SNAI read recently about an ongoing study that looks at the influence of social networks on people's lives. The startling results so far show that the people in our life - friends in particular - have more of an impact on us than we may have ever considered. If, for example, I have a friend that becomes happier, I'm more than 60% more likely to become happier - same with obesity, drinking and smoking habits, depression, ill-health, the inclination to turn out and vote in elections, a taste for certain music or food, and even a preference for online privacy.

It turns out that the best way to ensure that we have health, wealth and happiness is to ensure that the people around us are doing okay too.

Of course, taking this a step further, our friends are all influenced by a network of people that is beyond our direct reach - our third degree friendship circle. These people, people who we may never have met, have an impact on our life because they affect our friends, who in turn affect us. The only possibly way to turn what could be a vicious cycle - a social epidemic of whatever it is we don't want in our life -  is to ensure that our friends in turn know that they need to help all their friends achieve their goals.

This is the fundamental understanding of uBuntu, which, besides being a slick alternative to Microsoft's Operating System, is an African Humanist Ideology that is perhaps best summed up in the phrase:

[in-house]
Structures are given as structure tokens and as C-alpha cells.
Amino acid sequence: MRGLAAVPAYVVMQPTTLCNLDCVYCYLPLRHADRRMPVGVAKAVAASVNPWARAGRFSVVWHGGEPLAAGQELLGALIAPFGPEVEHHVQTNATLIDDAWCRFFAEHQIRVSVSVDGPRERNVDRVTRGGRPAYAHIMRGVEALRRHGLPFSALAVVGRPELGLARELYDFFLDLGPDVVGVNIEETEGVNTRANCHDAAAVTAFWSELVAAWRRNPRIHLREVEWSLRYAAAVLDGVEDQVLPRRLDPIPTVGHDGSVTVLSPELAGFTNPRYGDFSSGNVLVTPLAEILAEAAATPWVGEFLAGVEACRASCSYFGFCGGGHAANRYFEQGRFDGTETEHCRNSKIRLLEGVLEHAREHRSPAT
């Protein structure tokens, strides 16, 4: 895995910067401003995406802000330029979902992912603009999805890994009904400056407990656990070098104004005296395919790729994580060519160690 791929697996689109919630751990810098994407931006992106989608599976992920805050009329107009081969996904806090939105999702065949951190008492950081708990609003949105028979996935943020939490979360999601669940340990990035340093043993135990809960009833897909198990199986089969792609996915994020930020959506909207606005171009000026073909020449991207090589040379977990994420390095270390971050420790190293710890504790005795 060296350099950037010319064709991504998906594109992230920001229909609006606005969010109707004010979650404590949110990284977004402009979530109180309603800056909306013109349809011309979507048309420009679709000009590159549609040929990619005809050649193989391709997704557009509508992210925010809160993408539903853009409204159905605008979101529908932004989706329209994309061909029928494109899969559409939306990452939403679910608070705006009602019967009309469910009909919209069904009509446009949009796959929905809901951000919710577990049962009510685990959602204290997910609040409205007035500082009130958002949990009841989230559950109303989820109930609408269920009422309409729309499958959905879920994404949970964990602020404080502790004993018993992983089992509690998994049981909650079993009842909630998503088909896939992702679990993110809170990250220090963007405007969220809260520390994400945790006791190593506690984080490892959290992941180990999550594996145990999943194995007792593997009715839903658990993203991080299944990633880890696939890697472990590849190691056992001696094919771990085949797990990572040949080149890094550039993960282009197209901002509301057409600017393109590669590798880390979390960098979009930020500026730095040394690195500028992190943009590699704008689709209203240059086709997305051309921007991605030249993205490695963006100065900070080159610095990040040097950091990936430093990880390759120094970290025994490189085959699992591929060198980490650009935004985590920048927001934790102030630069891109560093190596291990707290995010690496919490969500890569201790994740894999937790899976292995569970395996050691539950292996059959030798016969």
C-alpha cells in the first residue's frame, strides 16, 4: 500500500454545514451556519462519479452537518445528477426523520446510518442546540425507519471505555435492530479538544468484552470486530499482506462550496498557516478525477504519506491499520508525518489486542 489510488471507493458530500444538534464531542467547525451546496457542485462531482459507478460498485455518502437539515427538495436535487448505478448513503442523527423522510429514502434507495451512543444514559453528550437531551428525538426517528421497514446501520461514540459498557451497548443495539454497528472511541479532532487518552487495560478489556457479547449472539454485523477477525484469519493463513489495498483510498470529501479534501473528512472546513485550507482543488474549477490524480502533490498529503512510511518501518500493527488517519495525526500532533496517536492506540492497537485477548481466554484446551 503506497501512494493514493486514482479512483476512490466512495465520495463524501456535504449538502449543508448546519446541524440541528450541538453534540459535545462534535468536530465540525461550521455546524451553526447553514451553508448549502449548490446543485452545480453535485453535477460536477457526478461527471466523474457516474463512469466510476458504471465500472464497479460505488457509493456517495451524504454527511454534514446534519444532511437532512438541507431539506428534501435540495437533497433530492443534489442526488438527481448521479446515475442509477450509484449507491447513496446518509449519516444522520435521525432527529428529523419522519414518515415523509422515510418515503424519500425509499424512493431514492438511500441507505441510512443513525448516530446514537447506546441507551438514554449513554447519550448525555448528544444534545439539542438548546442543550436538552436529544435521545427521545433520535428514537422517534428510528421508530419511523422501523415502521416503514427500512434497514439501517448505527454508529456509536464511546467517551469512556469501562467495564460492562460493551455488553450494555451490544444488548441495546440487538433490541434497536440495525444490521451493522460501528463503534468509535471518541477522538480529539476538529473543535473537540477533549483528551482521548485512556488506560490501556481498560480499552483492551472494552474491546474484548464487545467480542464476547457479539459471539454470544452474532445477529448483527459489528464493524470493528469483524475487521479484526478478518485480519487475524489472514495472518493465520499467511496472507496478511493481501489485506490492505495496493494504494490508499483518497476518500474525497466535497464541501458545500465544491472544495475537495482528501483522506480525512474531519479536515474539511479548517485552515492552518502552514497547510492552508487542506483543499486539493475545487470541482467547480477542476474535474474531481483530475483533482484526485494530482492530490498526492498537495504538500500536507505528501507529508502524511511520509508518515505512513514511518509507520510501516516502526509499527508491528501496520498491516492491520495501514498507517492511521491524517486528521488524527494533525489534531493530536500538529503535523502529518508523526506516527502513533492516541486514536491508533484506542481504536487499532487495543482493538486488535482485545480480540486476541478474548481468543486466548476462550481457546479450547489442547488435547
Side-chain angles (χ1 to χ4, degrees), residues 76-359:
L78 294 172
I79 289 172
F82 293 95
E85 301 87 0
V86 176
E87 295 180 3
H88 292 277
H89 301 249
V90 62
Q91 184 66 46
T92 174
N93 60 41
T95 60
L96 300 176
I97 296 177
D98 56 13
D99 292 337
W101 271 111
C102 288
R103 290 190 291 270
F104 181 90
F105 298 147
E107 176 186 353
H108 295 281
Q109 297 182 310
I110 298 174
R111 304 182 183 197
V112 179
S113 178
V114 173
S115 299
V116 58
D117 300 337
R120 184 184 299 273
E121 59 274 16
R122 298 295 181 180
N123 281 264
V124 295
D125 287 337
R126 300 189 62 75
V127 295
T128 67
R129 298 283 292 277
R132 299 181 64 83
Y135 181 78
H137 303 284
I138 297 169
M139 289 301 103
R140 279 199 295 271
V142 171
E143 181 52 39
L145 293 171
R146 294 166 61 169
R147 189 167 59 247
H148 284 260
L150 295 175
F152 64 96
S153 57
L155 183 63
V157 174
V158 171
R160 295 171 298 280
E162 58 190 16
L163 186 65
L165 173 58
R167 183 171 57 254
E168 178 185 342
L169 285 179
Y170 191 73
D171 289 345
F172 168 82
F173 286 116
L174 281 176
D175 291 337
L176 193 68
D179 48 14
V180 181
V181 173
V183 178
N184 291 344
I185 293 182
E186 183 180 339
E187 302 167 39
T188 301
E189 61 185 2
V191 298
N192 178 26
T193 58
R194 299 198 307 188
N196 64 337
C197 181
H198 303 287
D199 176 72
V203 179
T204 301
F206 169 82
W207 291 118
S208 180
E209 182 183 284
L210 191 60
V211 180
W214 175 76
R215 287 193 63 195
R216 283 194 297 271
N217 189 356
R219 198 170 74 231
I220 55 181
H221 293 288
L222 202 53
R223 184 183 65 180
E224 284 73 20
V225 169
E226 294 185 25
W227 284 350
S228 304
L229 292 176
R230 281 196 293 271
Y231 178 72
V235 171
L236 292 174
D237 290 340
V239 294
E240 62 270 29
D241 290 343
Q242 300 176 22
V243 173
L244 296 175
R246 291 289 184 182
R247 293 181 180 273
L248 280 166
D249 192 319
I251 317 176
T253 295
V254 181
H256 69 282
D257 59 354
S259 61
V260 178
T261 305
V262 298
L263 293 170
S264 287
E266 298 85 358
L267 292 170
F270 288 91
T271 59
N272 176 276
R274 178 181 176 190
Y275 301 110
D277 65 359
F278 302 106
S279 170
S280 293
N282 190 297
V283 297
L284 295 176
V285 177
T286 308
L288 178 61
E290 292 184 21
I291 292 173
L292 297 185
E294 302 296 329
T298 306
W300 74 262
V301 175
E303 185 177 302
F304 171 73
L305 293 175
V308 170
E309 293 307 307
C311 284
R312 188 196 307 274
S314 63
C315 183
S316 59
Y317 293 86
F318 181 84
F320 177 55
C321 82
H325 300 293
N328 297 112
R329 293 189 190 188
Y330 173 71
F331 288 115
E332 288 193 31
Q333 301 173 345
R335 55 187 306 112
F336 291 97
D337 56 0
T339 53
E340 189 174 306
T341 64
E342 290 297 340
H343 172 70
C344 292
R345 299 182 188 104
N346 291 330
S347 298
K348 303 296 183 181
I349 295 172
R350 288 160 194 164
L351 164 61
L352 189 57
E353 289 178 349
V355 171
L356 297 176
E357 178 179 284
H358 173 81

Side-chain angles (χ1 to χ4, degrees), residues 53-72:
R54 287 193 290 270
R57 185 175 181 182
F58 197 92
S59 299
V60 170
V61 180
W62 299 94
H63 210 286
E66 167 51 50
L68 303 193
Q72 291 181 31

"Umuntu Ngumuntu Ngabantu" or "People are only people because of other people", or even more plainly stated: "You are a product of your social network".
AuthorDave Duarte
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Some of the regular visitors to this blog may have noticed that I have posted progressively less over the last 6 months. Recently my posting has almost come to a standstill. There's a lot behind this, which I've been trying to make sense of.

In short, it comes down to a sense of frustration I'm having with the amount of information I seem to have to deal with before anything actually gets done. As an example, besides spam, I get around 80 emails a day, all of which seem to require an urgent response. This is not good for someone who spends most of his time out the office working with groups. It basically means that most of my time in the office is split between dealing with email, and reading news so I can stay in touch with industry trends and innovations. This leaves very little time to spend working with my colleagues (at Huddlemind, Creative Commons and Muti) on important stuff like strategy. All this information feels like it's paralysing me!

In fact, this sense has sat with me for a while, and it's the primary reason why I've been so drawn to the study and practice of "Attention Economics".

So, regarding my blog...

Someone Has Already Said It

Perhaps the main reason I haven't been posting is because, quite honestly, everything I can think of saying has already been said by someone else online. And its not often that I have felt I could say it better.

For those who are interested in what I recommend reading, or what I find interesting, I would like to introduce you to my Diigo links which you can see in the sidebar on the right. There are some superb finds there, and they're all sorted by topic/tag.

I feel so full up with other people's information that there's barely enough space for me to form my own insights and share them.

Experiences vs Information

Maya Angelou once said: "People will forget what you tell them, but will never forget how you make them feel".